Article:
It was Alaska, it was early May ( 1972 ) and it was my families first RVing experience.
We had been assigned to a US Army base just north of Anchorage and most of my time was spent in the “field”… away from my family and so we decided that when I was at home, we would spend that time doing family things in a “camper”.
Our first RV was a fifteen foot Scotty travel trailer that we pulled with an International Travelall. The Scotty was used, but it had all a young family of five needed: a two burner stove, a three-way refrigerator, a porta-podi storage area and it “sort of” slept five. The water tank held, if I remember correctly, fifteen gallons of water and was dispersed from a pump faucet in the kitchen sink.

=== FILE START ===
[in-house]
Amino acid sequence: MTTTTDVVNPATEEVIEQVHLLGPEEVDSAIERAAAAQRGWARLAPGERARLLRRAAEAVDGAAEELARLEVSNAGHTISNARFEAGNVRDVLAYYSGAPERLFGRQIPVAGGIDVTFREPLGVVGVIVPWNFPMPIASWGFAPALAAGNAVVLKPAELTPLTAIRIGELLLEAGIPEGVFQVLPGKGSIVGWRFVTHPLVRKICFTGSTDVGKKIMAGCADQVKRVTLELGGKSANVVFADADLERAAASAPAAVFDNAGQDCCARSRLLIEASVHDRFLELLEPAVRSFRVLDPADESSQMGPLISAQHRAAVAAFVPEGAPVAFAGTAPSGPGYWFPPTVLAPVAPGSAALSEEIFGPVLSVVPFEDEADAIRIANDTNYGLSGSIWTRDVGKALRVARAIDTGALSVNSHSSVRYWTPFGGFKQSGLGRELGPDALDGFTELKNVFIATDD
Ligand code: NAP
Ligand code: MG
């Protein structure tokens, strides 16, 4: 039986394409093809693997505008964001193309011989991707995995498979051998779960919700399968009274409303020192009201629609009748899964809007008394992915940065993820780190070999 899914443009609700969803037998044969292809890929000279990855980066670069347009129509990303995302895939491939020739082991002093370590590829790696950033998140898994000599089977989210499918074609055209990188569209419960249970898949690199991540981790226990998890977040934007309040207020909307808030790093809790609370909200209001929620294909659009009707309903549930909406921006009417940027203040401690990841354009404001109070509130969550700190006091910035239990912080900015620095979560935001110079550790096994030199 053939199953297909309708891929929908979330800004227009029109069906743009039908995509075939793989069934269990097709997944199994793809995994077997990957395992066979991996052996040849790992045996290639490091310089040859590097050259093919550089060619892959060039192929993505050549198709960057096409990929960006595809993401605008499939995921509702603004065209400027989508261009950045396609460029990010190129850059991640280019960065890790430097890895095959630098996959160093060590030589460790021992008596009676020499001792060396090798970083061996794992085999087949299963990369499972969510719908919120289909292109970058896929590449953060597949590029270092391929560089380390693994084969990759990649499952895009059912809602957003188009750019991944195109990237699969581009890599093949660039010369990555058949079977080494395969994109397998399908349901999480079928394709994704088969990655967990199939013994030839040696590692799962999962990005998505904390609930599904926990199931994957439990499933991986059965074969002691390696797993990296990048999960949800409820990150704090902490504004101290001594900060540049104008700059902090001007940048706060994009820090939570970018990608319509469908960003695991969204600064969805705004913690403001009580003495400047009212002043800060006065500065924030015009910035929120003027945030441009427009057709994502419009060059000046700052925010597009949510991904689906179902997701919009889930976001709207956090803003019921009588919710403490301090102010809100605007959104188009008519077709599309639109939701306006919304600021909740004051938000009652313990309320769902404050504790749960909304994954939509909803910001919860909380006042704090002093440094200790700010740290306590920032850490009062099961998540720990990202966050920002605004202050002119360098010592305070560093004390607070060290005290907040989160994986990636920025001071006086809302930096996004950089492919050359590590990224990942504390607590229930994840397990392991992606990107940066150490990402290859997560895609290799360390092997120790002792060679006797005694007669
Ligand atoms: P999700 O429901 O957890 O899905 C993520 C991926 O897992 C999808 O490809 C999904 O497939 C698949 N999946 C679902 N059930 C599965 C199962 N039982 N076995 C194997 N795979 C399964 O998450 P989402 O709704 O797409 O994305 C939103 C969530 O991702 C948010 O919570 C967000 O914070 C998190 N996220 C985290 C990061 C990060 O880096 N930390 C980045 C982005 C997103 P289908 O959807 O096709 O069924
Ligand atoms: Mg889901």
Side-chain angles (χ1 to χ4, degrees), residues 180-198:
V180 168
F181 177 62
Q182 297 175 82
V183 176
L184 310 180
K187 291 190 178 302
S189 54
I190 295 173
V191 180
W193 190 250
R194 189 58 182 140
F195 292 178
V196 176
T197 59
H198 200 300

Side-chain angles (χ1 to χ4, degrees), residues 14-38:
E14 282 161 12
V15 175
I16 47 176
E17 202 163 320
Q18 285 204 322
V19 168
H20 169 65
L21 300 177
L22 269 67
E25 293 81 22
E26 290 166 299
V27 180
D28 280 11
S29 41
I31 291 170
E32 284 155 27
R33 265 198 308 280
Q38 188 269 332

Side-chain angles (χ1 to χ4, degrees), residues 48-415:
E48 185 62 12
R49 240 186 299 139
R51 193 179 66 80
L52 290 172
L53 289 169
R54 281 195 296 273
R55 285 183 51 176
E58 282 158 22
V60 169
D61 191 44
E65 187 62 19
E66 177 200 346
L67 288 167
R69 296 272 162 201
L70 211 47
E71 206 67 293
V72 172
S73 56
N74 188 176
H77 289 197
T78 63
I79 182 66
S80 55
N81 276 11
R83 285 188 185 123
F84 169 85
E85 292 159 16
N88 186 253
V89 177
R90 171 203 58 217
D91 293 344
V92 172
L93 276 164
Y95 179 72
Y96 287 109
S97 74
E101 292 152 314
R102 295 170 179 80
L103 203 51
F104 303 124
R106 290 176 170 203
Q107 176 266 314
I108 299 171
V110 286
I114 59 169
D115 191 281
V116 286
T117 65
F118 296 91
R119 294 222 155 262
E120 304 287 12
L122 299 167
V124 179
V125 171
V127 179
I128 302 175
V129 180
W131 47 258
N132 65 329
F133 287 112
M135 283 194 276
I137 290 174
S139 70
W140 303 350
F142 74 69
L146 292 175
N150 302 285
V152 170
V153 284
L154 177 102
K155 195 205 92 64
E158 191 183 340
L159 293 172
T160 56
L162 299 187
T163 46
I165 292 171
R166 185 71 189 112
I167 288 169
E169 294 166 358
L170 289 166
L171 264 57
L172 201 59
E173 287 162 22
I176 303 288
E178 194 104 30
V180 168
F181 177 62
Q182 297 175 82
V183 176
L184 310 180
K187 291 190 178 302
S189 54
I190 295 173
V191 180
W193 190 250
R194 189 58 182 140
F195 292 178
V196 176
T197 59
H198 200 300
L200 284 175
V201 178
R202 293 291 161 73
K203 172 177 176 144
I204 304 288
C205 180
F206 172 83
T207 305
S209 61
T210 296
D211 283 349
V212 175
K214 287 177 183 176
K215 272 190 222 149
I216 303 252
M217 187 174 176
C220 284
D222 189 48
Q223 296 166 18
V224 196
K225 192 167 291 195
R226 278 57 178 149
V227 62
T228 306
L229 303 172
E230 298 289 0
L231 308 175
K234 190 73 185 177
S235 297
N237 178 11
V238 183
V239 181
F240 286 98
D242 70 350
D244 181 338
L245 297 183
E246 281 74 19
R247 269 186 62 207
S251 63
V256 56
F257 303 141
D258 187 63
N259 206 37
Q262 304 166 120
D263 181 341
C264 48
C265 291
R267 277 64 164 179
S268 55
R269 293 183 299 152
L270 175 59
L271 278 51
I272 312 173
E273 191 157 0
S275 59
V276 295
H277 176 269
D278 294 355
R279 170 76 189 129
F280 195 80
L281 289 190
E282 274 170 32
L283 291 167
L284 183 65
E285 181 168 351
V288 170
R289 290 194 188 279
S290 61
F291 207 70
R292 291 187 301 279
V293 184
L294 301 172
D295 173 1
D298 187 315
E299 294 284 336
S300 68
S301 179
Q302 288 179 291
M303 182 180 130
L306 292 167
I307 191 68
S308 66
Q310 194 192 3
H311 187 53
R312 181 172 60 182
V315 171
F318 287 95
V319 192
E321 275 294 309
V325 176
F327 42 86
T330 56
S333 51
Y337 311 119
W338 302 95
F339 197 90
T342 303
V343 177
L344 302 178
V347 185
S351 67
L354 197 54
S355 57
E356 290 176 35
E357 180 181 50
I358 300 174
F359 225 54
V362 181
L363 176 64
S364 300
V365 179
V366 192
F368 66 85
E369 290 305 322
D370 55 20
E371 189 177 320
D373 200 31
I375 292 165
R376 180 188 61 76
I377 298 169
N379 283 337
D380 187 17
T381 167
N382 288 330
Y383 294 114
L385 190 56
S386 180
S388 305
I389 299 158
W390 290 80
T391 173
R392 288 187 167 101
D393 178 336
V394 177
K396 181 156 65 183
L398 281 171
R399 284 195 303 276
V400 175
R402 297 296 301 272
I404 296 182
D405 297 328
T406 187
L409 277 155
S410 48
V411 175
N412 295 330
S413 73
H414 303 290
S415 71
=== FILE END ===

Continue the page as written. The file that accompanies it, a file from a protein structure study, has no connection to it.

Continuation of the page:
Prior to our first outing, the family scrubbed the Scotty from top to bottom and I took care of cleaning the water system by filling and dumping the water tank a few times (through a pet-cock beneath the camper). Once it was cleaned to our satisfaction, we filled it with food, clothes, water and kids and we were on our way to adventures in the wilds of Alaska.
Since we were new to the camping scene, we decided not to travel too far away from our home base, just in case we had a problem, and picked a very RUSTIC, electric only campground about an hour away. What a beautiful site we chose…it looked out over a lake, had a stream running close to it, was quiet and we felt it was the perfect site for our inaugural trip.
What a great start !… BUT… when my wife went to get a glass of water….there was none! I had forgotten to close the water drain pet-cock and all of our water had drained out on the way to our campsite.